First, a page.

In 1900, the population was 14% urban and 86% rural. In the year 2050, this percentage will have made a complete reversal with 70% of the population being urban and 30% rural. With the majority of our food coming from the rural areas, what does this mean for tomorrow’s agriculture?
One of the biggest challenges of urbanization is that there will be less availability of labor to work on the farm. This adds an increased level of difficulties as more will be asked of each farm worker. Another side effect of urbanization is the curb in eating habits. People want more ready to cook meals, fast foods, and healthier options. Consumers inadvertently drive up the demand for agriculture products as their needs and wants become more specialized.
As if urbanization wasn’t enough for famers and producers, there are many other demographic challenges that are developing. We are seeing a huge growth in population over the next 35 years. With potentially 9.6 billion mouths to feed, the demand for food is going to skyrocket. And as the developing countries grow in purchasing power, so does their middle class. Pockets that were empty will get fuller, and so will their bellies as they can afford those previously too expensive meats. We as a population are also living longer. Life expectancy is increasing rapidly in developing markets. Meaning we are not only eating more, but we are going to eat more over a longer period of time.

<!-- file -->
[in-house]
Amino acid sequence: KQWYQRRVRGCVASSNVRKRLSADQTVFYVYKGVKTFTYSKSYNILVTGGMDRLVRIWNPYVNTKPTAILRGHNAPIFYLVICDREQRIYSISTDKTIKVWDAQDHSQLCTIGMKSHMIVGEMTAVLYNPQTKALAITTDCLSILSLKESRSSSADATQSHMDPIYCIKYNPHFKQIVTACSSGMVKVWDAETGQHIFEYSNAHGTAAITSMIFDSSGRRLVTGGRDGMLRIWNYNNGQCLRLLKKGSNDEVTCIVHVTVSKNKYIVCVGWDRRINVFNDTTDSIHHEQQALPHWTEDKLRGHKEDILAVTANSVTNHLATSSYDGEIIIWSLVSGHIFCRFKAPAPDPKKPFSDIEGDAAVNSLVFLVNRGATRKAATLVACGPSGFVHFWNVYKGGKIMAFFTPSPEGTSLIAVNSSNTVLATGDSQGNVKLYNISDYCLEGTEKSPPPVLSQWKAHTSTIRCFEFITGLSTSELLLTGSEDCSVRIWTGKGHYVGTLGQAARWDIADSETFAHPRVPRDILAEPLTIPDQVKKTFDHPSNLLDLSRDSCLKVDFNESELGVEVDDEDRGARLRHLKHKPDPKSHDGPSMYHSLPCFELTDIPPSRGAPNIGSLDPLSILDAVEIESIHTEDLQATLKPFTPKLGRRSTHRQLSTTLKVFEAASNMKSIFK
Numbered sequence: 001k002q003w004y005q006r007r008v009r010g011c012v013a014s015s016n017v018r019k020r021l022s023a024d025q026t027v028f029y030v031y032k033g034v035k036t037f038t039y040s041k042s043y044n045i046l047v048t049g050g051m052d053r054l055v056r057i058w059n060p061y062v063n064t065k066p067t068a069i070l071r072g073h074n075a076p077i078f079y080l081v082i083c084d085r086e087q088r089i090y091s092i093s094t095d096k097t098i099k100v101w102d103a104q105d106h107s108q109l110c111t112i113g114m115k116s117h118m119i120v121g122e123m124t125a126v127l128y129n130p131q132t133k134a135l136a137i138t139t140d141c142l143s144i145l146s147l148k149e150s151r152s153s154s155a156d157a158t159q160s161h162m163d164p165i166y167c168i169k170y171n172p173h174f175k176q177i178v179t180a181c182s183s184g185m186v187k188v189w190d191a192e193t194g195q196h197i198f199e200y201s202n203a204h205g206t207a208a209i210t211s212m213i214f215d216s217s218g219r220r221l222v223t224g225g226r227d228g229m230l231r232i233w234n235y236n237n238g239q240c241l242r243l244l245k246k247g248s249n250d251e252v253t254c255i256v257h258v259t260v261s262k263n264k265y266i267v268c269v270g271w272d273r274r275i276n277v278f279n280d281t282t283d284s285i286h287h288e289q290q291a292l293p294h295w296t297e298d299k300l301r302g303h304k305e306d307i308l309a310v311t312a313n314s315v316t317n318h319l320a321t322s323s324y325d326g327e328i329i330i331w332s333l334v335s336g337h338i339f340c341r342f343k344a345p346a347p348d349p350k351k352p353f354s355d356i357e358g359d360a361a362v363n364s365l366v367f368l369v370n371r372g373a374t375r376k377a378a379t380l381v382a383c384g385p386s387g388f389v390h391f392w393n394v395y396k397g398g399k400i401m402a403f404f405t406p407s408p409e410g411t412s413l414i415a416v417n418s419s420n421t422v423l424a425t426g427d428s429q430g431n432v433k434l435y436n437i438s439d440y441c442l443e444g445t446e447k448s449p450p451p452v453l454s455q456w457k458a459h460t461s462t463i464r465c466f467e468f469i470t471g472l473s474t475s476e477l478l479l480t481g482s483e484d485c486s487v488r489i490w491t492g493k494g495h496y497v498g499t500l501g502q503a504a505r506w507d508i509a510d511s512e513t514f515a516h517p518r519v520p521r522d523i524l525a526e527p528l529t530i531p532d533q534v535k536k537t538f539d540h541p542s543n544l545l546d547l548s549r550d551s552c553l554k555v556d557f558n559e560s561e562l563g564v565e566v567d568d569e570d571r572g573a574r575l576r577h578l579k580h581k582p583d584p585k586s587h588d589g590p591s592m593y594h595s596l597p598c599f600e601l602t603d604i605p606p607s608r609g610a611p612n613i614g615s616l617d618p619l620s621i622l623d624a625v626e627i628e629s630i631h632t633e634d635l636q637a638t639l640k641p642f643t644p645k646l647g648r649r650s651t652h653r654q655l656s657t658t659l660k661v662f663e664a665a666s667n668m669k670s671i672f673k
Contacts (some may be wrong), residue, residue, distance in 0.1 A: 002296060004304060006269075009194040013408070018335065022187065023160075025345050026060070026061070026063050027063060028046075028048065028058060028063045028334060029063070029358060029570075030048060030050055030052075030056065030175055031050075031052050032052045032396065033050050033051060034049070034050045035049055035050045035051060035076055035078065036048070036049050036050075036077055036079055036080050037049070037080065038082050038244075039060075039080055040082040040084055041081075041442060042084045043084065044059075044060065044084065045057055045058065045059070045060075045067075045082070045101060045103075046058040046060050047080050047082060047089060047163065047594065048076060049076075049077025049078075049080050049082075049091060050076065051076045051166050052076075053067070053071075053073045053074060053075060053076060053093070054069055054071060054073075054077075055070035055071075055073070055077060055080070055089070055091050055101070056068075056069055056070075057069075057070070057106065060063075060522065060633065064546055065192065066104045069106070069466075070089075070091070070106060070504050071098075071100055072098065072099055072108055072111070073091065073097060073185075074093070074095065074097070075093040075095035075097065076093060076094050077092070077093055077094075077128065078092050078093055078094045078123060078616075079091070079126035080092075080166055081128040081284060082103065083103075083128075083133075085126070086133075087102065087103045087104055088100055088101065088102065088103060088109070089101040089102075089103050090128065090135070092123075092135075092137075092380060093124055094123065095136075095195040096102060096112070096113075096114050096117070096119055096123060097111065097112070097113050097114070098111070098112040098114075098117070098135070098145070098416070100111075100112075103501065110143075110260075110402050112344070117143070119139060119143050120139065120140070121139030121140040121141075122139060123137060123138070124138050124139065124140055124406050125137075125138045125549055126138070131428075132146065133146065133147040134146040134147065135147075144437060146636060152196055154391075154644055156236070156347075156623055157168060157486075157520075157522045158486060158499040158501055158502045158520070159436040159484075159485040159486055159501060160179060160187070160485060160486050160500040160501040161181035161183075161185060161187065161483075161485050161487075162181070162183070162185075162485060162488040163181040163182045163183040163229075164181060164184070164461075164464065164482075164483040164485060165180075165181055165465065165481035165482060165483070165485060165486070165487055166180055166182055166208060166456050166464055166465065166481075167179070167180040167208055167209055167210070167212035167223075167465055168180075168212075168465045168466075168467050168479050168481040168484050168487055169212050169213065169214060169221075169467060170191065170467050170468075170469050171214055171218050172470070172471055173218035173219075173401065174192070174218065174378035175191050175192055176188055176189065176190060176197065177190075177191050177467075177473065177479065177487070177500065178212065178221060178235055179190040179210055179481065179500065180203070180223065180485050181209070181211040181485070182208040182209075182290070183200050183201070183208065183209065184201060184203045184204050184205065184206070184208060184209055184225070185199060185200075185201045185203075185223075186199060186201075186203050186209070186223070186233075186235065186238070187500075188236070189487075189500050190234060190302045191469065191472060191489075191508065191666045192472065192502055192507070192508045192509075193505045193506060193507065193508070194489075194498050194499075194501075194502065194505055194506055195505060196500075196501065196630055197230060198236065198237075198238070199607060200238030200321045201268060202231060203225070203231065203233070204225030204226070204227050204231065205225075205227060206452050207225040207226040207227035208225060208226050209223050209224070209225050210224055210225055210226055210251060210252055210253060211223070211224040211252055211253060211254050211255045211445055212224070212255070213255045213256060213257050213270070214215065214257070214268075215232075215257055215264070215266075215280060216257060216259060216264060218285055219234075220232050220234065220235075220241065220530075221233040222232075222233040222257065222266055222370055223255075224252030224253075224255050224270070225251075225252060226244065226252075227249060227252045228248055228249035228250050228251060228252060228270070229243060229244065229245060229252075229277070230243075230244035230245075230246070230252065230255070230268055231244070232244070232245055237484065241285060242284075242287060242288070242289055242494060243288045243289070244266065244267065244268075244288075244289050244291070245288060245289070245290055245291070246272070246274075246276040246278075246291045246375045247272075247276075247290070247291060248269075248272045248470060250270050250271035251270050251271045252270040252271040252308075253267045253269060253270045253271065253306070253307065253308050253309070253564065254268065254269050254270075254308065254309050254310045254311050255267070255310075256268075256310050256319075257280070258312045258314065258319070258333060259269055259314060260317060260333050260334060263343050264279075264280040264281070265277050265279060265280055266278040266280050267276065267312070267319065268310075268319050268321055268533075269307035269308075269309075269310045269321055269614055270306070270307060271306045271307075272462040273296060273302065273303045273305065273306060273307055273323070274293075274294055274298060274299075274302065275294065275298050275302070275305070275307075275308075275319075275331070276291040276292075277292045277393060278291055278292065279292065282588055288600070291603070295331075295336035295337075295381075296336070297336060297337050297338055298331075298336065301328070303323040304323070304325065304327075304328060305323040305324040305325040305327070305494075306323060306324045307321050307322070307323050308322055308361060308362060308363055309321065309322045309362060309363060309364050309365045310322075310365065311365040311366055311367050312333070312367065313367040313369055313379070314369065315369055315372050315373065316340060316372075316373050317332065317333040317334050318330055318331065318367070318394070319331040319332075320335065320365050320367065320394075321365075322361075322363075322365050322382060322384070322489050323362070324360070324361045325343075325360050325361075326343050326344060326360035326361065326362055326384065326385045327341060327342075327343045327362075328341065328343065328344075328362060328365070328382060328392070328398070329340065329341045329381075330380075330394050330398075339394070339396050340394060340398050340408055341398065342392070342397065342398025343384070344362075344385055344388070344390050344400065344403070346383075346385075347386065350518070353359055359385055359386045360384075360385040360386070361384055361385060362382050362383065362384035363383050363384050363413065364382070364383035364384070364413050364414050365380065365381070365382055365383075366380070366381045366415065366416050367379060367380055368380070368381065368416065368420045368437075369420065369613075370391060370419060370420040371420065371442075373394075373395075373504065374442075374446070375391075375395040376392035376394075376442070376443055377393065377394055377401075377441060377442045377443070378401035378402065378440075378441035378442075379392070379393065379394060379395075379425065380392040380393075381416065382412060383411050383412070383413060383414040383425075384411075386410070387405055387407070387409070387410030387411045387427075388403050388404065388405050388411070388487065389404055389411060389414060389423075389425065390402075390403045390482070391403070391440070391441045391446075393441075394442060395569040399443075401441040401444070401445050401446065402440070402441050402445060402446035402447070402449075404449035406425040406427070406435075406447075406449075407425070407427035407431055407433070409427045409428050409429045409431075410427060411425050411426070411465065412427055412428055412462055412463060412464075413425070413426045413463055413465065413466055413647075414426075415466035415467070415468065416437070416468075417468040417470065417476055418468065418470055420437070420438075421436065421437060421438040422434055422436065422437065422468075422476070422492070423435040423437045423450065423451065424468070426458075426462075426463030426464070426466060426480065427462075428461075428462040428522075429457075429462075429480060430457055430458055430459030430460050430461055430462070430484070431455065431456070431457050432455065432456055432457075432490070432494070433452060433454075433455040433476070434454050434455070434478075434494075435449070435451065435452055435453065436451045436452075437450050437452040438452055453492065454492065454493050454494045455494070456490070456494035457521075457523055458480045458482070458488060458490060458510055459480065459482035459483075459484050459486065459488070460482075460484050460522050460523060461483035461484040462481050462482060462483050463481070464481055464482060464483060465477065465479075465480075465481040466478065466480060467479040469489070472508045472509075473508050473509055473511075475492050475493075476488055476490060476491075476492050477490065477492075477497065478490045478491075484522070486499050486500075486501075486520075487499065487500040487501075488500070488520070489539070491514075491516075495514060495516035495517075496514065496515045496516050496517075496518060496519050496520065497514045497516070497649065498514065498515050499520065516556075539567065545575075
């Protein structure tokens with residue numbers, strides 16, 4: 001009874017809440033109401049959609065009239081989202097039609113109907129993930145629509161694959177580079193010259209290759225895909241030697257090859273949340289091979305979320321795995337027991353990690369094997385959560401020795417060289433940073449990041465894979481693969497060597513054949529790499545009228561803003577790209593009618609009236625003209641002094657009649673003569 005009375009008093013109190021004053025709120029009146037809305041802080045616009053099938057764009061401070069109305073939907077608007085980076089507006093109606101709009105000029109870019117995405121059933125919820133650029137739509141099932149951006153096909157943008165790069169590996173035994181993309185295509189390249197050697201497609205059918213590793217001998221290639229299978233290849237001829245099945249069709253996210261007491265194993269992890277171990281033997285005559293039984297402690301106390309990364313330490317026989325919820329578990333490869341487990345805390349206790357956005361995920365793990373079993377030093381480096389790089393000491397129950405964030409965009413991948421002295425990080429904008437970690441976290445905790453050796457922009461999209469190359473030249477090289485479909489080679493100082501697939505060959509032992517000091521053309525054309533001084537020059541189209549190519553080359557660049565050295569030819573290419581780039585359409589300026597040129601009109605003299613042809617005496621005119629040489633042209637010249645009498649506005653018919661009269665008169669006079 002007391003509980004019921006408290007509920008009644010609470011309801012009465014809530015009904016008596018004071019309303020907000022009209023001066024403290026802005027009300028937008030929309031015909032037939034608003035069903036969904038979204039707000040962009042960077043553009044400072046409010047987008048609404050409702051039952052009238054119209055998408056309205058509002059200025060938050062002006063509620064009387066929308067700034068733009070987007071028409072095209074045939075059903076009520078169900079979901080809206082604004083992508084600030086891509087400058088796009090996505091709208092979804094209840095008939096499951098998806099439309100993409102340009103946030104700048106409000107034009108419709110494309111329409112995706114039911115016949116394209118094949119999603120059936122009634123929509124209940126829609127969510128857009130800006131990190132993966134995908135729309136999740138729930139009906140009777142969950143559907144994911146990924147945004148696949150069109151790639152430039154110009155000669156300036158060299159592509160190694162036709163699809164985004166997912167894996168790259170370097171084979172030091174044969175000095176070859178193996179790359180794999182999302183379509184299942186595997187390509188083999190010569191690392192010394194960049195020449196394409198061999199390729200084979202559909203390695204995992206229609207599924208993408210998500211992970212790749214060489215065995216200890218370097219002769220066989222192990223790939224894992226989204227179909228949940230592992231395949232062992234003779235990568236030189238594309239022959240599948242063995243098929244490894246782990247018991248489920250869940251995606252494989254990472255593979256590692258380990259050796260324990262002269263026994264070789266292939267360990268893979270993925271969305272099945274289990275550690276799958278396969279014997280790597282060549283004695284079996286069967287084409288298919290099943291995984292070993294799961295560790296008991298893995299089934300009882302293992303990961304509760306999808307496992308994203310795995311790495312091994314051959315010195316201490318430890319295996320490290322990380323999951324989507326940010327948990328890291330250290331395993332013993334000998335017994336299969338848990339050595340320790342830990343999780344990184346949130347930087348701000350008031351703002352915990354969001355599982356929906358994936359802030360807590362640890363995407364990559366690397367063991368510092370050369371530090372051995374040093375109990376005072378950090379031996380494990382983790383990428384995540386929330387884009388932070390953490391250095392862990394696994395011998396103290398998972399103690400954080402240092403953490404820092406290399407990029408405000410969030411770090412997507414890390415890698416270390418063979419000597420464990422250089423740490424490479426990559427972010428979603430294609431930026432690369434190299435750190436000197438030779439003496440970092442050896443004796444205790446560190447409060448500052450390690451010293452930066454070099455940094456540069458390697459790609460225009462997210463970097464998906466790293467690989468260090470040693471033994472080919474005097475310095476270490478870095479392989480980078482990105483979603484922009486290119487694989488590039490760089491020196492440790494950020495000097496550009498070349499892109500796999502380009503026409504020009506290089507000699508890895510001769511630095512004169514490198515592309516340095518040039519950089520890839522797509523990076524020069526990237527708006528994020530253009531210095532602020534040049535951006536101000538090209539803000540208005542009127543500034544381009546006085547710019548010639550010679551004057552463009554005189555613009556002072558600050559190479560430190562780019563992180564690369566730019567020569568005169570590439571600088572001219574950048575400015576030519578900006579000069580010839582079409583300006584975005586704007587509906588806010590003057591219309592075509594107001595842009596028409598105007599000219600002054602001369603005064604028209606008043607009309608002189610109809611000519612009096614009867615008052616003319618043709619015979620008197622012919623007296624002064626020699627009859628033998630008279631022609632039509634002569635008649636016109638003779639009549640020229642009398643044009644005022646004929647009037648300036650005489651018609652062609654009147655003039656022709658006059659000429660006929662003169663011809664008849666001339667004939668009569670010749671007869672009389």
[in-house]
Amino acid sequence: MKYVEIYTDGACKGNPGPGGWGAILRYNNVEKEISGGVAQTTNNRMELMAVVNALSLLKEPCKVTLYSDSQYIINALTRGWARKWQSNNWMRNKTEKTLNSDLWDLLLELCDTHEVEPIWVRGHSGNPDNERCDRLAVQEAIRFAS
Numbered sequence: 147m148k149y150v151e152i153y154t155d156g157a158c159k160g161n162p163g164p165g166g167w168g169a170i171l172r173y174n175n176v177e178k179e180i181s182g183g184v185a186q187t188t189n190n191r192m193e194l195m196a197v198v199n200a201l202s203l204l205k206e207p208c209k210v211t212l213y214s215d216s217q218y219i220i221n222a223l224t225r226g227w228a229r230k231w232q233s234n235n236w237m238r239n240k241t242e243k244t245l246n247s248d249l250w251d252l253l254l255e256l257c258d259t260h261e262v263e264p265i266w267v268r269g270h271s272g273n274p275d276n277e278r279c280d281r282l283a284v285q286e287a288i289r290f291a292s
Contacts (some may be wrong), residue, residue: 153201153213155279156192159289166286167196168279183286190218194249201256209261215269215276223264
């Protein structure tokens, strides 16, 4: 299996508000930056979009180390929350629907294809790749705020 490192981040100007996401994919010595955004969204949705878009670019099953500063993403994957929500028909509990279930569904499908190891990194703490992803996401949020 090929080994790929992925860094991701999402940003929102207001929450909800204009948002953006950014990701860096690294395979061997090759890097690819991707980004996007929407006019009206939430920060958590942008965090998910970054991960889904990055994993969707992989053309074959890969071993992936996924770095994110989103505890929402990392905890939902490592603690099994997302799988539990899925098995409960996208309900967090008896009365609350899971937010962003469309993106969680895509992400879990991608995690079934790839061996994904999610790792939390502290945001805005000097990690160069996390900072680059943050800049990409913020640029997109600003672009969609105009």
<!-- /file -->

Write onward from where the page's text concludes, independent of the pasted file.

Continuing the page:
Today’s food has to be produced in a sustainable way that is meets safety requirements, animal welfare regulations, and addresses the consumers concerns. This puts a huge weight of responsibility on our farmers’ shoulders. Meat consumption is going to increase, but we are asking them to produce more with less while adding new obstacles for them to navigate in production. If you are asking the question, “Are they up to the task?” The answer is yes. Farmers and producers continue to do the unbelievable. The average US farmer feeds about 155 people. In 1960, this number was 25.8. Today’s agriculture is continuing to improve through advancements in technology and production methods, as well as gaining a better understanding globally of what our land and our animals are capable of.
If it weren’t for these farmers and the advancements in agriculture, more and more people would be needed to produce the food we eat. So remember as you head into the office or sit down for sausage, eggs and milk at breakfast, thank a farmer for supporting us and helping us to have these opportunities.